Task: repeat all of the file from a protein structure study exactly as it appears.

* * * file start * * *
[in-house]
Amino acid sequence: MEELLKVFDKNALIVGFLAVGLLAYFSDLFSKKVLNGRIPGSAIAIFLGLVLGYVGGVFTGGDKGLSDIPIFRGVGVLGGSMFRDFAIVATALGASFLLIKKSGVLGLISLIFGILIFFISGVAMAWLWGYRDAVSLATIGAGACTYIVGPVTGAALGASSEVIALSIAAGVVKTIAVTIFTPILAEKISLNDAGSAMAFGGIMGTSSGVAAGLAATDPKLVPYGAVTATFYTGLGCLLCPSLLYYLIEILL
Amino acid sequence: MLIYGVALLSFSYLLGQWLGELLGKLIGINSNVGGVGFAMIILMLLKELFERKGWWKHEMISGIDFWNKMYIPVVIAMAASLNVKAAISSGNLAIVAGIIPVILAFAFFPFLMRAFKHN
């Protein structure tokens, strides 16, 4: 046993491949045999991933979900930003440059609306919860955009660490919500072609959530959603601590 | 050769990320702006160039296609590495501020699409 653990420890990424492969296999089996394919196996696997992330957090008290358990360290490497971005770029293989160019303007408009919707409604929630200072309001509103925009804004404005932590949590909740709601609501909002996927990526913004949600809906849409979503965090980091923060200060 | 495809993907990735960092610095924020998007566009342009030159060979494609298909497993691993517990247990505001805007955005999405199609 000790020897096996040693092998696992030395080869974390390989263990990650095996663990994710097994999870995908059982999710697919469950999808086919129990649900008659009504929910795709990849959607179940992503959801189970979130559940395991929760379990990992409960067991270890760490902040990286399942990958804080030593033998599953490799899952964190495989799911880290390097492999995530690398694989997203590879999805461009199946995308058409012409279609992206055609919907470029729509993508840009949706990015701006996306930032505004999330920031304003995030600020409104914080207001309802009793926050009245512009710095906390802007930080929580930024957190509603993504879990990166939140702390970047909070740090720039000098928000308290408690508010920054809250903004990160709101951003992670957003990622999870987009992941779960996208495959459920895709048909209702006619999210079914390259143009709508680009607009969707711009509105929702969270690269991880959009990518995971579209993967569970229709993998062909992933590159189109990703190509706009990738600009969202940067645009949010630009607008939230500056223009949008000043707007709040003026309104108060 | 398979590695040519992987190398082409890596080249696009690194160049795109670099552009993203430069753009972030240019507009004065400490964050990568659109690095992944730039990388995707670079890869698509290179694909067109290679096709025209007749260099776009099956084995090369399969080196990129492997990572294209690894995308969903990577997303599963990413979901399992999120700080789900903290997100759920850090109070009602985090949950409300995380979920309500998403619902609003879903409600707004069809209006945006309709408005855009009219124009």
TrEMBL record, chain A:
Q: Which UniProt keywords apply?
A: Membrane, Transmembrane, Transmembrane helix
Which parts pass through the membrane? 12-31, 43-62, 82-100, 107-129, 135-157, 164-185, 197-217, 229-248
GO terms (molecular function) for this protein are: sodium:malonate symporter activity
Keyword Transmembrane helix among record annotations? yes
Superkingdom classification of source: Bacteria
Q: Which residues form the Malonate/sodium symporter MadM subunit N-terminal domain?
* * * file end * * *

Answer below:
[in-house]
Amino acid sequence: MEELLKVFDKNALIVGFLAVGLLAYFSDLFSKKVLNGRIPGSAIAIFLGLVLGYVGGVFTGGDKGLSDIPIFRGVGVLGGSMFRDFAIVATALGASFLLIKKSGVLGLISLIFGILIFFISGVAMAWLWGYRDAVSLATIGAGACTYIVGPVTGAALGASSEVIALSIAAGVVKTIAVTIFTPILAEKISLNDAGSAMAFGGIMGTSSGVAAGLAATDPKLVPYGAVTATFYTGLGCLLCPSLLYYLIEILL
Amino acid sequence: MLIYGVALLSFSYLLGQWLGELLGKLIGINSNVGGVGFAMIILMLLKELFERKGWWKHEMISGIDFWNKMYIPVVIAMAASLNVKAAISSGNLAIVAGIIPVILAFAFFPFLMRAFKHN
């Protein structure tokens, strides 16, 4: 046993491949045999991933979900930003440059609306919860955009660490919500072609959530959603601590 | 050769990320702006160039296609590495501020699409 653990420890990424492969296999089996394919196996696997992330957090008290358990360290490497971005770029293989160019303007408009919707409604929630200072309001509103925009804004404005932590949590909740709601609501909002996927990526913004949600809906849409979503965090980091923060200060 | 495809993907990735960092610095924020998007566009342009030159060979494609298909497993691993517990247990505001805007955005999405199609 000790020897096996040693092998696992030395080869974390390989263990990650095996663990994710097994999870995908059982999710697919469950999808086919129990649900008659009504929910795709990849959607179940992503959801189970979130559940395991929760379990990992409960067991270890760490902040990286399942990958804080030593033998599953490799899952964190495989799911880290390097492999995530690398694989997203590879999805461009199946995308058409012409279609992206055609919907470029729509993508840009949706990015701006996306930032505004999330920031304003995030600020409104914080207001309802009793926050009245512009710095906390802007930080929580930024957190509603993504879990990166939140702390970047909070740090720039000098928000308290408690508010920054809250903004990160709101951003992670957003990622999870987009992941779960996208495959459920895709048909209702006619999210079914390259143009709508680009607009969707711009509105929702969270690269991880959009990518995971579209993967569970229709993998062909992933590159189109990703190509706009990738600009969202940067645009949010630009607008939230500056223009949008000043707007709040003026309104108060 | 398979590695040519992987190398082409890596080249696009690194160049795109670099552009993203430069753009972030240019507009004065400490964050990568659109690095992944730039990388995707670079890869698509290179694909067109290679096709025209007749260099776009099956084995090369399969080196990129492997990572294209690894995308969903990577997303599963990413979901399992999120700080789900903290997100759920850090109070009602985090949950409300995380979920309500998403619902609003879903409600707004069809209006945006309709408005855009009219124009």
TrEMBL record, chain A:
Q: Which UniProt keywords apply?
A: Membrane, Transmembrane, Transmembrane helix
Which parts pass through the membrane? 12-31, 43-62, 82-100, 107-129, 135-157, 164-185, 197-217, 229-248
GO terms (molecular function) for this protein are: sodium:malonate symporter activity
Keyword Transmembrane helix among record annotations? yes
Superkingdom classification of source: Bacteria
Q: Which residues form the Malonate/sodium symporter MadM subunit N-terminal domain?